Online gamblers keener on booze and weed

Posted by KateTaylor

Online gamblers are more likely to show addictive behaviors such as drinking and smoking cannabis than offline players, new research shows.

It's a sensitive time for online gambling, with the US Department of Justice having announced that previous legislation banning online betting only relates to sports betting, and not to casino games. It means individual states can now legalize online gambling - if they wish.

"There has been growing concern with the rise in online gambling and how this affects the health of our public," says Sylvia Kairouz of Concordia University.

"The number of gambling sites around the globe have grown from about 15 in 1995 to 2,358 in 2010 and global internet gambling revenues increased from $3 billion to $24 billion between 2000 and 2010."

Kairouz looked at the sociodemographic profiles, game-play patterns and level of addictive behaviours in adults who gamble online and offline. They used data from the 2009 Quebec gambling survey, which aimed to describe gambling problems, patterns and associated substance use behaviours in the Quebec population.

From this survey, a sampling of 8,456 offline-only gamblers and 111 offline/online gamblers was chosen for the research.

They were asked to report their gambling frequency over the past year and to give the number of times they gambled weekly, monthly or yearly. They were also asked to report how much money and time they spent gambling on a typical occasion. Alcohol and cannabis use over the year was also measured.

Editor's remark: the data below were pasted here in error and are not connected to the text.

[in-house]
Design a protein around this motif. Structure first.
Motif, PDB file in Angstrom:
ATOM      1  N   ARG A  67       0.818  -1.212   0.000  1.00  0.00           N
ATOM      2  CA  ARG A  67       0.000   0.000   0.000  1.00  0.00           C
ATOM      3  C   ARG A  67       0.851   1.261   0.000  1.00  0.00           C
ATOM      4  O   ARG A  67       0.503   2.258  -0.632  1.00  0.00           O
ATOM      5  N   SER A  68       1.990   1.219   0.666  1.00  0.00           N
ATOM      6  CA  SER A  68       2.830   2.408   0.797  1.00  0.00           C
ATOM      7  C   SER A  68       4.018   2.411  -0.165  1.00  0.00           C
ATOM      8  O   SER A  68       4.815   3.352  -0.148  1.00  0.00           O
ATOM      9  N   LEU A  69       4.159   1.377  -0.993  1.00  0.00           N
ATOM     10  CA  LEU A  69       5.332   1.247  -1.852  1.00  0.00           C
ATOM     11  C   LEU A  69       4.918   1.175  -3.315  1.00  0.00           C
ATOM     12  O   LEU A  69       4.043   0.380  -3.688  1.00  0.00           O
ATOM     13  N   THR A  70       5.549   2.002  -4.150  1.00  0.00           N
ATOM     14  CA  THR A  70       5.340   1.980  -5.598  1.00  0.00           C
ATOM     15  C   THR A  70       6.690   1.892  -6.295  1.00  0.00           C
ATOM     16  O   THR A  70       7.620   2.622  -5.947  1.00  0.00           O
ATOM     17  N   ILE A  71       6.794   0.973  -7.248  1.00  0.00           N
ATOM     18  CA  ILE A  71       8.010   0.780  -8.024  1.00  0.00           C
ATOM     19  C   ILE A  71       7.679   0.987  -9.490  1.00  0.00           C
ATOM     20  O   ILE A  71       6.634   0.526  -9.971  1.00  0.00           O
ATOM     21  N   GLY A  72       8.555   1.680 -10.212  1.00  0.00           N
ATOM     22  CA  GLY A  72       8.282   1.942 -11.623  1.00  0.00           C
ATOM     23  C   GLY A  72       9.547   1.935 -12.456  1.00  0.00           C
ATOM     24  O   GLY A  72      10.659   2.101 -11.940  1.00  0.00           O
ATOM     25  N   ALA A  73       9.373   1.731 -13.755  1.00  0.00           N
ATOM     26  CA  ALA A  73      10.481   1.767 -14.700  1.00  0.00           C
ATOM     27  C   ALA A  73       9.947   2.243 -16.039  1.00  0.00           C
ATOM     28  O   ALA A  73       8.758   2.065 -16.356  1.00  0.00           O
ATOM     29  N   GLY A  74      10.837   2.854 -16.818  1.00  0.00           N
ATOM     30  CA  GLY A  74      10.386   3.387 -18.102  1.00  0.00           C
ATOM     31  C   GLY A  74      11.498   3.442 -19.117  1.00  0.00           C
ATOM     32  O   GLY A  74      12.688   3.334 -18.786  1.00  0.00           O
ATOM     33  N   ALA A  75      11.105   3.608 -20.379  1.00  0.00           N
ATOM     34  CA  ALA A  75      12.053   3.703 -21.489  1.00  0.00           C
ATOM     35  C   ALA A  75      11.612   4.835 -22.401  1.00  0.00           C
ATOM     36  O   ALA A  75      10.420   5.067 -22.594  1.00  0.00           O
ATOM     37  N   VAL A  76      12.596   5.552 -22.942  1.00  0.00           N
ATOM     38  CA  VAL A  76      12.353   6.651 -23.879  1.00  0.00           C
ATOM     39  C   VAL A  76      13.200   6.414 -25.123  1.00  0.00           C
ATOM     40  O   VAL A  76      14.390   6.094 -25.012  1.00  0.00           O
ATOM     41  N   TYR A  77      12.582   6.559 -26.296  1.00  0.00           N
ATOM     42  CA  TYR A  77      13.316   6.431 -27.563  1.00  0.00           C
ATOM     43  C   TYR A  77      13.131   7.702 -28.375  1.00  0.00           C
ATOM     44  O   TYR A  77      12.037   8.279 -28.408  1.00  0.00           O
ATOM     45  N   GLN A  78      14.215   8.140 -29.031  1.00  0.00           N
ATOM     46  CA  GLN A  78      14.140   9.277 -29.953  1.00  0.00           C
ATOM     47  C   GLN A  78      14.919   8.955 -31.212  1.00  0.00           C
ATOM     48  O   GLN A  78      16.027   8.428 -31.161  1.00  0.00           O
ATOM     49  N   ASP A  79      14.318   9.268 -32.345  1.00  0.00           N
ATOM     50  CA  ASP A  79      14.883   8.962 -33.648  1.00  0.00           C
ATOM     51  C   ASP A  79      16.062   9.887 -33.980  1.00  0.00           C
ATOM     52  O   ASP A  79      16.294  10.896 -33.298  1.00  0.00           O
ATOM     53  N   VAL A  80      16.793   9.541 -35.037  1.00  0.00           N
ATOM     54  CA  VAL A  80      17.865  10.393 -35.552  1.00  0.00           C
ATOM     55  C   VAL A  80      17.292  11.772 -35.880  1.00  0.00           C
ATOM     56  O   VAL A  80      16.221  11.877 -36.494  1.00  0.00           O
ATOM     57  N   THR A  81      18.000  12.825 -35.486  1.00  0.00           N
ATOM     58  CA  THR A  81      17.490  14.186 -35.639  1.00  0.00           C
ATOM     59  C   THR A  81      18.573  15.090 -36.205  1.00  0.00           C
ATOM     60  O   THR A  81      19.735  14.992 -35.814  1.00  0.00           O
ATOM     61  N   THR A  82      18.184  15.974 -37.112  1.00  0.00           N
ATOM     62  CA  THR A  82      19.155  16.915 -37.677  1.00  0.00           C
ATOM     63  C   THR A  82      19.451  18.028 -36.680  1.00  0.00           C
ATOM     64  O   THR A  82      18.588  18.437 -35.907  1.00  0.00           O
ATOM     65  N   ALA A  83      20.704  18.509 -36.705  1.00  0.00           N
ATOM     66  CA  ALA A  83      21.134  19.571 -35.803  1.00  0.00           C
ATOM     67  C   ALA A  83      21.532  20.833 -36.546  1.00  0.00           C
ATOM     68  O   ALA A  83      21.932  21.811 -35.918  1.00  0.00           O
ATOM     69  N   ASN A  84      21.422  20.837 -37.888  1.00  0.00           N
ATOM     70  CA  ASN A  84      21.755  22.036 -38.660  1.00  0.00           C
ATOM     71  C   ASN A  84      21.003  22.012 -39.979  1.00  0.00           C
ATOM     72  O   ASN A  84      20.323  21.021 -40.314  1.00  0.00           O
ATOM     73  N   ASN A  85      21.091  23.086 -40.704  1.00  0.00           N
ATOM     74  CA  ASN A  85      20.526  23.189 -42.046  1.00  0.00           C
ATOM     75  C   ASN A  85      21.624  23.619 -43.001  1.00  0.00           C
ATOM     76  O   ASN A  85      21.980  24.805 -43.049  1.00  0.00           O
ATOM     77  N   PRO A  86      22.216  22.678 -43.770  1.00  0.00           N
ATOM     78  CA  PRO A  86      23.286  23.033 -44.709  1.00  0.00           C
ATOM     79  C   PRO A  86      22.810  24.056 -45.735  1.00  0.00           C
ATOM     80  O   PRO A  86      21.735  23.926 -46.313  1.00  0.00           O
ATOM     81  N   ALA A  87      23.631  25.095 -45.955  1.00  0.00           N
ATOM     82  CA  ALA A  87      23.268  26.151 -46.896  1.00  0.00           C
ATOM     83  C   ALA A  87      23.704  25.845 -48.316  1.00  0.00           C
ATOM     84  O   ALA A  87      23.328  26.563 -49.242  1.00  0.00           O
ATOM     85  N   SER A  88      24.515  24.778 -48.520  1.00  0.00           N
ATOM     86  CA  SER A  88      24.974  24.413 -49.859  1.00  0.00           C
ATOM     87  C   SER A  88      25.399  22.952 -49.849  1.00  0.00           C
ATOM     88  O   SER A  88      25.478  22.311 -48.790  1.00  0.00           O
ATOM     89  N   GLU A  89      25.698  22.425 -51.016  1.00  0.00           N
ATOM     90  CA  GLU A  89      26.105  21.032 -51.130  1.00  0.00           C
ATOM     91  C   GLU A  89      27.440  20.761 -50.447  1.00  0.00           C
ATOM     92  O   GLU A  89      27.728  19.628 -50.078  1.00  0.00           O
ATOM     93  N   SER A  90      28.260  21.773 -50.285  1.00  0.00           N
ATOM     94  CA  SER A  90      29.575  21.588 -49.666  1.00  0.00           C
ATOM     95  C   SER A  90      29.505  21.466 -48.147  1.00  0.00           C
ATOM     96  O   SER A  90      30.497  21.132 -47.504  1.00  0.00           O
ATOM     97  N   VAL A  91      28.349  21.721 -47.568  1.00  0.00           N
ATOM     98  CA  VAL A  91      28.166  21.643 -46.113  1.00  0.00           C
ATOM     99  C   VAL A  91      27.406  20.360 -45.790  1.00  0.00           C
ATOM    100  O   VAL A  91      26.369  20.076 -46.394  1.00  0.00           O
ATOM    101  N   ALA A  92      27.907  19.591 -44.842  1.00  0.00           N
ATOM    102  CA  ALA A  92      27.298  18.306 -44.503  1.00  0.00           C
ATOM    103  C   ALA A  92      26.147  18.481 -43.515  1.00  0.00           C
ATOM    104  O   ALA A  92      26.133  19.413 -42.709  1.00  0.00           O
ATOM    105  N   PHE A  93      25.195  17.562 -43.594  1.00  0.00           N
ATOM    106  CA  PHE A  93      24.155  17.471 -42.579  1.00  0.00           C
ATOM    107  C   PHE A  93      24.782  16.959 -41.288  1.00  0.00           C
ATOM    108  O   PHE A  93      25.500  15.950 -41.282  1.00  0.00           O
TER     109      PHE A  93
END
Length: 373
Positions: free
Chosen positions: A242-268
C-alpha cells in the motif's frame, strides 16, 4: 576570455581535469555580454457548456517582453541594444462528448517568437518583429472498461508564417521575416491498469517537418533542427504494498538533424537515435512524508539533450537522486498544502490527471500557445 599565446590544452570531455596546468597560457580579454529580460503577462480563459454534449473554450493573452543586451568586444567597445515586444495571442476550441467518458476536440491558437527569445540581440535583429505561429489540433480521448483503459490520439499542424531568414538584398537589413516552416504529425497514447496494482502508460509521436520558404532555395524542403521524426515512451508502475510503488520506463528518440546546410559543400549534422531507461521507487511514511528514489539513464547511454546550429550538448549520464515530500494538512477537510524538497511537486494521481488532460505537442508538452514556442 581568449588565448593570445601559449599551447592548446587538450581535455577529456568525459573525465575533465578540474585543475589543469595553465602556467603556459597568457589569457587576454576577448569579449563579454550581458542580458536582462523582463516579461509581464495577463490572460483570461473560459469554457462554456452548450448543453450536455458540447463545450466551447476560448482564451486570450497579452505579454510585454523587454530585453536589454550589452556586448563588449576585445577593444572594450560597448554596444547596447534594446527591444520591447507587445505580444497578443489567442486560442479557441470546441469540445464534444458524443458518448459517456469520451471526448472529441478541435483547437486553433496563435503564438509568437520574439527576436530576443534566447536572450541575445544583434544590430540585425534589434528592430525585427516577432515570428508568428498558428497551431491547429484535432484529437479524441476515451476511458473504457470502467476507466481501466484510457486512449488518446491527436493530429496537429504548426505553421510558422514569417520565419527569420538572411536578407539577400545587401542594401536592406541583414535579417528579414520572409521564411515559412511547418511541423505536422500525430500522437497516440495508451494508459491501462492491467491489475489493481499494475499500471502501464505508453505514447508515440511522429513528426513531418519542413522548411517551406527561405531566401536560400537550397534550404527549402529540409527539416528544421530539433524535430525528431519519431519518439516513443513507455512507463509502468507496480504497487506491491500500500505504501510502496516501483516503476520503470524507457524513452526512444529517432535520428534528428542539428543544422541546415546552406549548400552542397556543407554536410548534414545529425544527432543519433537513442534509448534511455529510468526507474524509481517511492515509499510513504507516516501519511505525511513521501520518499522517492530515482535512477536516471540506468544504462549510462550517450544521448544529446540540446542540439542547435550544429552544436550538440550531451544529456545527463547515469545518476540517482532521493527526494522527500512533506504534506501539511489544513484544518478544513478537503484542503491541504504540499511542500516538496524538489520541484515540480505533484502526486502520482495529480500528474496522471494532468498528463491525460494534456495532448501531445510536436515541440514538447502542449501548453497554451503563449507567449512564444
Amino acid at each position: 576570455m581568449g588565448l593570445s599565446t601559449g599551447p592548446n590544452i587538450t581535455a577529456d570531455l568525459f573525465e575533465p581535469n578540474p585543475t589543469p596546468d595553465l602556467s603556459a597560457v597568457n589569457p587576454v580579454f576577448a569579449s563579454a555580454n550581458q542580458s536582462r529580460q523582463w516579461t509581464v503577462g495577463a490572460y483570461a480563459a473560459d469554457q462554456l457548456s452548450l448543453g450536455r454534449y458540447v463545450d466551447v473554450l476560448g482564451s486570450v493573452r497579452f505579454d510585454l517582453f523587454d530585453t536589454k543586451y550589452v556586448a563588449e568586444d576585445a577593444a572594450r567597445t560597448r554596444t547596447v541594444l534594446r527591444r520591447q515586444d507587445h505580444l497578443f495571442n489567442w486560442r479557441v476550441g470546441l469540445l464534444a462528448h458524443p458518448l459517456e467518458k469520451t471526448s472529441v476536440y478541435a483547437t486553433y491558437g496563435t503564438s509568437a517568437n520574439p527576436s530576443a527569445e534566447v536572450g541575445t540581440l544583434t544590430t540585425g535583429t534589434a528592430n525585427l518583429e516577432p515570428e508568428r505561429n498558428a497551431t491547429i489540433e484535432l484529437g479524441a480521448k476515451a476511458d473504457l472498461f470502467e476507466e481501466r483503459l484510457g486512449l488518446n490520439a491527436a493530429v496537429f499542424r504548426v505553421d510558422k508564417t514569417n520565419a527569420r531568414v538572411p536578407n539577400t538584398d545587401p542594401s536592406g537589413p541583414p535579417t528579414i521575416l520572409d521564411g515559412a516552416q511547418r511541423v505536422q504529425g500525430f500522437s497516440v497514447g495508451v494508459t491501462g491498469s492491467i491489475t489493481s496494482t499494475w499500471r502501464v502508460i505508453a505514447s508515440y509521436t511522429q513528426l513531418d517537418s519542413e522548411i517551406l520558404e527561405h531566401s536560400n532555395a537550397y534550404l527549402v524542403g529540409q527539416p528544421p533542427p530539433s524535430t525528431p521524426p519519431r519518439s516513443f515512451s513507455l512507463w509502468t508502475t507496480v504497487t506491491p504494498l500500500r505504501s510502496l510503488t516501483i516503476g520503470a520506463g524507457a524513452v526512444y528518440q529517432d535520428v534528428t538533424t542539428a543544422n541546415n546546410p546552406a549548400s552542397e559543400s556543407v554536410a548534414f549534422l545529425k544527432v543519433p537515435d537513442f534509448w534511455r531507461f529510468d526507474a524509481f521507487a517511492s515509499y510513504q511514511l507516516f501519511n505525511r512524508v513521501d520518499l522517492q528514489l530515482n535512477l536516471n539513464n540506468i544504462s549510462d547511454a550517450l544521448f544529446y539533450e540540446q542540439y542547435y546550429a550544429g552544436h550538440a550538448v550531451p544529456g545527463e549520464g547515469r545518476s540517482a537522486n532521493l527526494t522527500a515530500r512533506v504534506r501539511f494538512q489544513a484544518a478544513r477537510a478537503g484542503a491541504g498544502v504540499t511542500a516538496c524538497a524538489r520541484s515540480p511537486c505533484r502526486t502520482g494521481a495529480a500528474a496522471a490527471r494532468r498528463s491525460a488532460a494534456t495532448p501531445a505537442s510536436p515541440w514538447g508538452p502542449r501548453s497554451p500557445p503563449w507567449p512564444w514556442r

"Our results show that online gamblers reported being involved in more types of gambling and they spent more money and time playing than those gambling offline only," says Kairouz.

"The proportion of frequent and problematic drinkers and cannabis users was also much higher among the Internet players."

According to Kairouz, these findings suggest that online gambling emerges as one more risky behaviour among a panoply of other substance-related risky behaviours exhibited by this small group of individuals.

"We cannot determine, therefore, whether gambling on the internet creates problems in and of itself, or whether those who already have addictive behaviours are more likely to be enticed to gamble on the Internet," she says.

"We need to conduct more research looking at individual characteristics, environmental conditions, the object of the addiction (poker, for example) and so on to help us understand whether this group is more at risk for gambling-related problems."